By establishing a comprehensive real-time monitoring system across the entire Amazon, we combine field-based and top-of-line remote sensing technology to improve communities and governments’ ability to detect, report, and act upon threats as they happen.
Through our network of conservation hubs, we drive innovation by hosting world-class scientific research and piloting cutting-edge technology — such as acoustic monitoring, camera traps, and environmental DNA analysis — to improve biodiversity monitoring and ecological health.
We conduct scientific research and put innovative technology to use to monitor ecological health and the effects of climate change, as well as promote better understanding that drives conservation decisions and actions.
Located where the Andes meet the Amazon, our three conservation hubs are the cornerstone of our work and a vital asset to further the world’s understanding of the Amazon. Each conservation hub advances our mission by serving as:
The vastness of the Amazon can be a major challenge to keeping it protected. We’re using technology to change that. Our monitoring system is helping reduce deforestation by using satellite imagery, drones and GIS to find, analyze, and report deforestation as it happens in real-time. To date, we’ve exposed over 2.5 million acres of deforestation. Not only do we provide this vital analysis in real-time, but we are also helping bridge the gap between generating information and taking action on the ground. To achieve this, we partner with Peruvian government officials, park guards, police, judges, and prosecutors to train them on the use of satellite and drone imagery as a legal tool to prosecute offenders. Together we have been able to stop several incidents of illegal gold mining and logging, including in protected indigenous territories.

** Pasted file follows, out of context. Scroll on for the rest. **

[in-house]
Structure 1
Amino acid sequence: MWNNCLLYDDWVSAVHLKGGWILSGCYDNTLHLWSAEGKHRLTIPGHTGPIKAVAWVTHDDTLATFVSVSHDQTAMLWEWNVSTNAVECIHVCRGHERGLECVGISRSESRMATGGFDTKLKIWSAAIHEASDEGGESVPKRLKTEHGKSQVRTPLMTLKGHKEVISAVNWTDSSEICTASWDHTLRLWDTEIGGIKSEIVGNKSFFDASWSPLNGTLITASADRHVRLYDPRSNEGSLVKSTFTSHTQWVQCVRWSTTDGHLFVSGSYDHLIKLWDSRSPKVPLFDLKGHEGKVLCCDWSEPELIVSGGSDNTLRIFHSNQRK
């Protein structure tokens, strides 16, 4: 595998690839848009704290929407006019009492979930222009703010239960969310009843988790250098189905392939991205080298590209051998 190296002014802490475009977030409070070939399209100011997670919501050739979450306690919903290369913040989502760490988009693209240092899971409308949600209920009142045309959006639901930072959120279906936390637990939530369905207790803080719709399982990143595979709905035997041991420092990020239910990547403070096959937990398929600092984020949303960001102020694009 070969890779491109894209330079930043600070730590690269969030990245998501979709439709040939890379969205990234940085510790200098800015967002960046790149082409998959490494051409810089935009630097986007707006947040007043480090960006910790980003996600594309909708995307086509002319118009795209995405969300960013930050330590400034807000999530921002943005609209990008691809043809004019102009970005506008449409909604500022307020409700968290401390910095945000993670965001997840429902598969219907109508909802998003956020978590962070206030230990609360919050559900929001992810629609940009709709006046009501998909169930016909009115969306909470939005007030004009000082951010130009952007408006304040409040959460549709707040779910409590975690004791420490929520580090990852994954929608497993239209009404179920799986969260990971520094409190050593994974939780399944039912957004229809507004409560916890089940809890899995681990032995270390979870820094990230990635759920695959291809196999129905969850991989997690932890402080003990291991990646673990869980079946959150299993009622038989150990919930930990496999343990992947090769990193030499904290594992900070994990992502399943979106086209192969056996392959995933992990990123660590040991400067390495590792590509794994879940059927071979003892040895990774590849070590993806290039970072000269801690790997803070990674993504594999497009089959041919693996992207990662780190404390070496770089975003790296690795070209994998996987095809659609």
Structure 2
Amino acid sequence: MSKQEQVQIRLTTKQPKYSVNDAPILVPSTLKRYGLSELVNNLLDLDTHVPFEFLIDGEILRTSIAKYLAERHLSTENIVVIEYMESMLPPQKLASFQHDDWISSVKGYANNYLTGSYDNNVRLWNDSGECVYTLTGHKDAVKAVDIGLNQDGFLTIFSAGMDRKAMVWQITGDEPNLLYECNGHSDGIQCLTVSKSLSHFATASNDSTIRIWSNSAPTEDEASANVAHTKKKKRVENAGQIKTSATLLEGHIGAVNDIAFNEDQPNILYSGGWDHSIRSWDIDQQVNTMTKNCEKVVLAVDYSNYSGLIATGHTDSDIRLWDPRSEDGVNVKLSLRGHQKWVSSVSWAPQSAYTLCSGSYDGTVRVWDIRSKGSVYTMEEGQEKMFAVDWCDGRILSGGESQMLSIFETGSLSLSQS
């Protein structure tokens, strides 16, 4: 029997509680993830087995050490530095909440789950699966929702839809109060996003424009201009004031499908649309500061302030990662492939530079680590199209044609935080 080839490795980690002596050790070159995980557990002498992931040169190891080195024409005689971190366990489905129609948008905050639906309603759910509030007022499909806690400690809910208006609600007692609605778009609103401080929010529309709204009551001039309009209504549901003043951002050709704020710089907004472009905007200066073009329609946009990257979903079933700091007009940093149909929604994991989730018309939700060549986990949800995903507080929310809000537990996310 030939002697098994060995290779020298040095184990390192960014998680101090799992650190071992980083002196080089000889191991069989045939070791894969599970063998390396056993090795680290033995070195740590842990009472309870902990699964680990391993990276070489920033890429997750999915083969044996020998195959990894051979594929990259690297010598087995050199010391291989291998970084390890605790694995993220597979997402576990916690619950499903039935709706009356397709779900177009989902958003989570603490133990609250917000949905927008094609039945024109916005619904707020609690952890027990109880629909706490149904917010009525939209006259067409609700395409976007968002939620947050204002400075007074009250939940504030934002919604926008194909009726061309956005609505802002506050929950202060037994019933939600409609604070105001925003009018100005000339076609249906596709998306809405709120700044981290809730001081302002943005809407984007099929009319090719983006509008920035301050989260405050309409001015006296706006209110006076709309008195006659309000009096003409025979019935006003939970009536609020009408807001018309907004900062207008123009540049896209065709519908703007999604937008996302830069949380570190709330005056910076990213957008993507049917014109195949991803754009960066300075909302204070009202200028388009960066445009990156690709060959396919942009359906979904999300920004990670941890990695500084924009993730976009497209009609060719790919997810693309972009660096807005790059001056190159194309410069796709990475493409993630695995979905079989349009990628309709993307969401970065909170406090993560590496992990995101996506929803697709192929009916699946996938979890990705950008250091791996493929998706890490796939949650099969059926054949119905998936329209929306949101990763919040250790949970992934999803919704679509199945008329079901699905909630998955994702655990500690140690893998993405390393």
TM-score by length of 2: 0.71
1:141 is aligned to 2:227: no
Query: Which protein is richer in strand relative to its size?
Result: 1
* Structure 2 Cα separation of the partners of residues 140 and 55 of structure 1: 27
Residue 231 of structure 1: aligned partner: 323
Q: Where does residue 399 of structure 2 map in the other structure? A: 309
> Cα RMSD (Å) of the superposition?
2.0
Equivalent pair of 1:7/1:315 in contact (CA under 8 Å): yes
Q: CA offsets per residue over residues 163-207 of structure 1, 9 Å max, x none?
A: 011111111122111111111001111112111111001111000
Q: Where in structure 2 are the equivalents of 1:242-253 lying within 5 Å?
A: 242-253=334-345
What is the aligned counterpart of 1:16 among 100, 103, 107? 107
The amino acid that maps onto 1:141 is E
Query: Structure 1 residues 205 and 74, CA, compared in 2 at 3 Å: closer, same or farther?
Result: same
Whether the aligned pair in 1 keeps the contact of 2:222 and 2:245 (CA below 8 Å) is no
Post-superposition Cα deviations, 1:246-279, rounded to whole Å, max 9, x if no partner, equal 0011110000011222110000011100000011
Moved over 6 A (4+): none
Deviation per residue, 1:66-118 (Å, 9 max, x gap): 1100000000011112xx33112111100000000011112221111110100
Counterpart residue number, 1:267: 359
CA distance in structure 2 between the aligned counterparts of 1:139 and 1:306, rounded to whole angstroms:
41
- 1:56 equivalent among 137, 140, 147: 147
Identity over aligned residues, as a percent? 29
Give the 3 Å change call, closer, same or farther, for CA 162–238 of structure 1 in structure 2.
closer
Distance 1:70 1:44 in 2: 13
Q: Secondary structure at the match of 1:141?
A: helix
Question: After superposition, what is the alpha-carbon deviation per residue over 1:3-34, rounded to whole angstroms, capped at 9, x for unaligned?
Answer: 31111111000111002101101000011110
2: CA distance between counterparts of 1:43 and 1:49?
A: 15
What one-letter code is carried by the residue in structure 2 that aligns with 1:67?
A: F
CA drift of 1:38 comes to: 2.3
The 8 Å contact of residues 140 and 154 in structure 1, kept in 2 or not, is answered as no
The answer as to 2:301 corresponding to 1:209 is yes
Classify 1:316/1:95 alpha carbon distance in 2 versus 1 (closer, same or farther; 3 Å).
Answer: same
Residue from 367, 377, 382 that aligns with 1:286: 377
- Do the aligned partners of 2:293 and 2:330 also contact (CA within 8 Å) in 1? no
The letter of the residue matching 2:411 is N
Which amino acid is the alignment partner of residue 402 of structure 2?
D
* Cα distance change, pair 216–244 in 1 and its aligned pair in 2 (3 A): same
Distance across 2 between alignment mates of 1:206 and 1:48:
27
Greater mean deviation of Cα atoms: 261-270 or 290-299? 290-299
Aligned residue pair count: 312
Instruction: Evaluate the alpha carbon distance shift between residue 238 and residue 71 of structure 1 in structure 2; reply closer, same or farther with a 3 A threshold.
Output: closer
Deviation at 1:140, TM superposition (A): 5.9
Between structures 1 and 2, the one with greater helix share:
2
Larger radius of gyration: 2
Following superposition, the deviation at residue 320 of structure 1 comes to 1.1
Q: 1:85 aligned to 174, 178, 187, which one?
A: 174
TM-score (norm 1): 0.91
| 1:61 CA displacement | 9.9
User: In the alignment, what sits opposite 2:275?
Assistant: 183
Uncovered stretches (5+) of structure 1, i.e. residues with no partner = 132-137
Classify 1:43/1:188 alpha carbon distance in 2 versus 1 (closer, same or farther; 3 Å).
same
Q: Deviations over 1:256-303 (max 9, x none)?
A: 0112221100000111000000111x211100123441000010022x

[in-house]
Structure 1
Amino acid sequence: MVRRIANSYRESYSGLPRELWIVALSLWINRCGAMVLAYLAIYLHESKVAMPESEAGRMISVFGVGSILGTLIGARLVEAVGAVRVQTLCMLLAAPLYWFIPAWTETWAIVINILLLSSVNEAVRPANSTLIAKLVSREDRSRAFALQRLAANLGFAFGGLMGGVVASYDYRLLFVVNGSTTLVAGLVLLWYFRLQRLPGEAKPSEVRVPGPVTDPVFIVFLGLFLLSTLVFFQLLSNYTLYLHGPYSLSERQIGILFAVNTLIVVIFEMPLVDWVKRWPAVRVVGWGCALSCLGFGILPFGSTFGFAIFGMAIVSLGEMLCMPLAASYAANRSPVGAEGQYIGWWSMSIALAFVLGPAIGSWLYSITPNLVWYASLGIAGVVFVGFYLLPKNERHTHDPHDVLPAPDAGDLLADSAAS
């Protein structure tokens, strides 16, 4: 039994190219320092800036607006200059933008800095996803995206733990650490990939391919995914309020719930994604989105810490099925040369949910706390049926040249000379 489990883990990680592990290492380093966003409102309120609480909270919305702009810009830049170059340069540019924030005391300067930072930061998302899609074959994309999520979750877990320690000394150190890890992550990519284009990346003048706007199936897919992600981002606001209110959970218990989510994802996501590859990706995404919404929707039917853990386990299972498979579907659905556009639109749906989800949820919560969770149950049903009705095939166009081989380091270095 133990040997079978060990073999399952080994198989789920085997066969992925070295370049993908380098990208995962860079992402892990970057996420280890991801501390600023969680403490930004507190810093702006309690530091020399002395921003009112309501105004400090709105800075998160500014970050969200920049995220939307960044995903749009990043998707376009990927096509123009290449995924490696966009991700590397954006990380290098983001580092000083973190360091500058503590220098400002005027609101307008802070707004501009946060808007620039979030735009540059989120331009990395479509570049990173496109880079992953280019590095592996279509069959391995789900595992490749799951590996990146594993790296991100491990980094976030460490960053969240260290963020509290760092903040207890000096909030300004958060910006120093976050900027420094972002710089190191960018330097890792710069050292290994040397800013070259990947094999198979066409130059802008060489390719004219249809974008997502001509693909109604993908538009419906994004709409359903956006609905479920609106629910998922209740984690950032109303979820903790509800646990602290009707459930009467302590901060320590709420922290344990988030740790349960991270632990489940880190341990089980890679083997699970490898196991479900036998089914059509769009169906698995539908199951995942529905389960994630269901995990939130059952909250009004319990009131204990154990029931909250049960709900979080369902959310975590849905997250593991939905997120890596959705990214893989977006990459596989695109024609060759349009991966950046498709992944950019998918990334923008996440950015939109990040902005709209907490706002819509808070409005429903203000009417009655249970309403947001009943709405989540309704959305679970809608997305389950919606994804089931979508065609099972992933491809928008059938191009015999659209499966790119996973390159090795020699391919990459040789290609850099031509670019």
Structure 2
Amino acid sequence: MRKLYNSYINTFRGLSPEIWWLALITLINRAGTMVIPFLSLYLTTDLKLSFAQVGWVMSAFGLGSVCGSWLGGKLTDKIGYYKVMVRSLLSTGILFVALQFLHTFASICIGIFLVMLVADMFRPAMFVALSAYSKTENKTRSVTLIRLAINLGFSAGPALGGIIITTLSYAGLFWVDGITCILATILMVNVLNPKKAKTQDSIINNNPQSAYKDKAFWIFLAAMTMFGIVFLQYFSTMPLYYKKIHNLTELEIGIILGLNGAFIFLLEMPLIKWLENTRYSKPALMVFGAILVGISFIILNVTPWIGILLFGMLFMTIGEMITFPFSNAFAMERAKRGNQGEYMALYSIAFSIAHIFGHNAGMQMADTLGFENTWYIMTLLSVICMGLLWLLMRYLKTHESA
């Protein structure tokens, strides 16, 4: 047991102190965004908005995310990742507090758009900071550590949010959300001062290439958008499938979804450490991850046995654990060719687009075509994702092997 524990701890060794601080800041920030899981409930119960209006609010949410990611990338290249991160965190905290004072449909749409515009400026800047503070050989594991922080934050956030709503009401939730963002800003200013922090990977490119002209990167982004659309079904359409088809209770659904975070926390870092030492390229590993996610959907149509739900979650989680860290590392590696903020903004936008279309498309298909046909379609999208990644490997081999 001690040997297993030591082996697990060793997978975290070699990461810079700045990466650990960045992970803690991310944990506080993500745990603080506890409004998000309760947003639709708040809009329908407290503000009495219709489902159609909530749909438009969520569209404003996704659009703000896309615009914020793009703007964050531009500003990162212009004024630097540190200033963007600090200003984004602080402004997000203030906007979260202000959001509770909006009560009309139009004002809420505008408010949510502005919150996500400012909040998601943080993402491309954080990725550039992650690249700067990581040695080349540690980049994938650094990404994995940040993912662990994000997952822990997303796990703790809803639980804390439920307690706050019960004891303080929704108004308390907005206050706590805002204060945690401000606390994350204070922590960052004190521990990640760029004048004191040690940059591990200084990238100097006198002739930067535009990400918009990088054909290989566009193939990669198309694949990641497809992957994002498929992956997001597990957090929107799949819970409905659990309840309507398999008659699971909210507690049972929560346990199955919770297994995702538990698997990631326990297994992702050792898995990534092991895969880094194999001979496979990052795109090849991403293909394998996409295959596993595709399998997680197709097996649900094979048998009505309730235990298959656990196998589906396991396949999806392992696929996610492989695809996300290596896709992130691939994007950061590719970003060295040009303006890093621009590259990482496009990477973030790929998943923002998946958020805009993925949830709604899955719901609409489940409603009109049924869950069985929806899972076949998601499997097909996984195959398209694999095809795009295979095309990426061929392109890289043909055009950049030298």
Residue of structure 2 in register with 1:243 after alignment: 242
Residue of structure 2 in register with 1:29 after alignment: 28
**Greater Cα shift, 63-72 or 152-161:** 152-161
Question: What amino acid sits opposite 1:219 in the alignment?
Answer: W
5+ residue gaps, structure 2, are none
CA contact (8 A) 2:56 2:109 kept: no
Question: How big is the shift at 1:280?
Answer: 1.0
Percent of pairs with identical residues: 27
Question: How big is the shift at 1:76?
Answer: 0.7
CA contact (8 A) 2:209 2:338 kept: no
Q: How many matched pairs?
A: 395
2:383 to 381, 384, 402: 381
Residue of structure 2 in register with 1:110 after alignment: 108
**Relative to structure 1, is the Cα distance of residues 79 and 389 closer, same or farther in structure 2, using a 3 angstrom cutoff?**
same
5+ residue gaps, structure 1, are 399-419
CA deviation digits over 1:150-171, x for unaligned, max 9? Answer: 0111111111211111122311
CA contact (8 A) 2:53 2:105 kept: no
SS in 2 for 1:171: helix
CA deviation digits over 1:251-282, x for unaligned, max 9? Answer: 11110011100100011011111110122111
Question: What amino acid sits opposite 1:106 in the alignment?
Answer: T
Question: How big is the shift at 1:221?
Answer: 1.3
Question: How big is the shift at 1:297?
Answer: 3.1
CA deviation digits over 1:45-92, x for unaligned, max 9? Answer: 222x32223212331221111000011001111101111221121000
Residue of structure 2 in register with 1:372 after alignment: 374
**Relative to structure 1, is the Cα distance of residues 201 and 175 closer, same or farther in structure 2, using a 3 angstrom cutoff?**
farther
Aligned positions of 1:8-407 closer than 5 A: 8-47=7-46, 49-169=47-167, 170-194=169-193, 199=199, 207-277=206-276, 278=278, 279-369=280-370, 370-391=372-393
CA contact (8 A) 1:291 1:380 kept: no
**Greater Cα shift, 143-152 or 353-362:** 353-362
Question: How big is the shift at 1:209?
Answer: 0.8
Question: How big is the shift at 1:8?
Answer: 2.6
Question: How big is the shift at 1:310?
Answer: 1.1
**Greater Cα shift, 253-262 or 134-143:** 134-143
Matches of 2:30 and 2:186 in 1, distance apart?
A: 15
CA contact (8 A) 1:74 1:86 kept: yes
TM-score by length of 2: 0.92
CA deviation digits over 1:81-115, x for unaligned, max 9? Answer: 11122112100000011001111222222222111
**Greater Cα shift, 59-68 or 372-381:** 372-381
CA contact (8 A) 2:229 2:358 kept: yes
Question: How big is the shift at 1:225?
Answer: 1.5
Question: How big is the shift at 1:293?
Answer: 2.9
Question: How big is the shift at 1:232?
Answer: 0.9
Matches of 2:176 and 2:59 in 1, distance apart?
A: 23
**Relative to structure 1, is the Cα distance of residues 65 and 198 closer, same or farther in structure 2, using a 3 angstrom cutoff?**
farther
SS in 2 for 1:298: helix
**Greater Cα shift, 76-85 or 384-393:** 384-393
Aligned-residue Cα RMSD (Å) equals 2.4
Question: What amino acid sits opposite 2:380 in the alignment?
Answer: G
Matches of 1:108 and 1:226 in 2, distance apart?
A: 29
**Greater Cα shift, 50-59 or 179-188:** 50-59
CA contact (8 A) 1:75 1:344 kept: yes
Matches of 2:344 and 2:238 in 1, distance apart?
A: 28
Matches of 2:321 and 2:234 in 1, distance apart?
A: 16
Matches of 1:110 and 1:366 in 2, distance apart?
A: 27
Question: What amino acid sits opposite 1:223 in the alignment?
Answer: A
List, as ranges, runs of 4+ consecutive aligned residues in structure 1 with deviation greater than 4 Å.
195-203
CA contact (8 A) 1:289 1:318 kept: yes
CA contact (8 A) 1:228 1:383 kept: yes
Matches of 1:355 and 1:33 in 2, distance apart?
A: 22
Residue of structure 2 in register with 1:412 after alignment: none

Knowing the exact location of key tree species in a forest can help answer questions that improve conservation decisions and make forest production easier for communities. For the local communities in Santa Rosa del Abuná in Bolivia, finding a mature Brazil nut tree can mean having to walk for an entire day or more in difficult forest terrain, since no forest inventory existed. We have developed an innovative system to detect, analyze, and classify Brazil nut trees using remote sensing, drones and photogrammetric analysis. This has helped communities identify and collect information on over 53,000 Brazil nut trees, helping clarify species density, potential production, and forest health. This data is also being useful for municipal and community leadership to inform their natural resource use and conservation decisions, as it helps promote forest-friendly production.
We have documented 1,650 major fires in the Brazilian Amazon this year, and well over half (60%) have occurred in September.* We have been detecting around 62 major fires a day during September, relative to 18 in August (and 2 in July). Moreover, we flag the major spike in Amazon forest fires, defined here as human-caused fires in standing forest. […]
High in the treetops of our Los Amigos Conservation Concession, two listening devices powered by solar panels transmit real-time sounds of the rainforest to local rangers’ phones, and across the world. These acoustic monitoring devices transmit a short recording of any unusual sounds through local cell towers to get to a cloud database, where different […]
Although August was severe, early September saw the Brazilian Amazon fires intensify even more. September shot up to an average of 53 major fires per day across the Brazilian Amazon, up from 18 in August (and 2 in July).* In addition, the surrounding Pantanal, the world’s largest tropical wetlands, is experiencing unprecedented fires. The Base Map shows major fires scattered across the Brazilian […]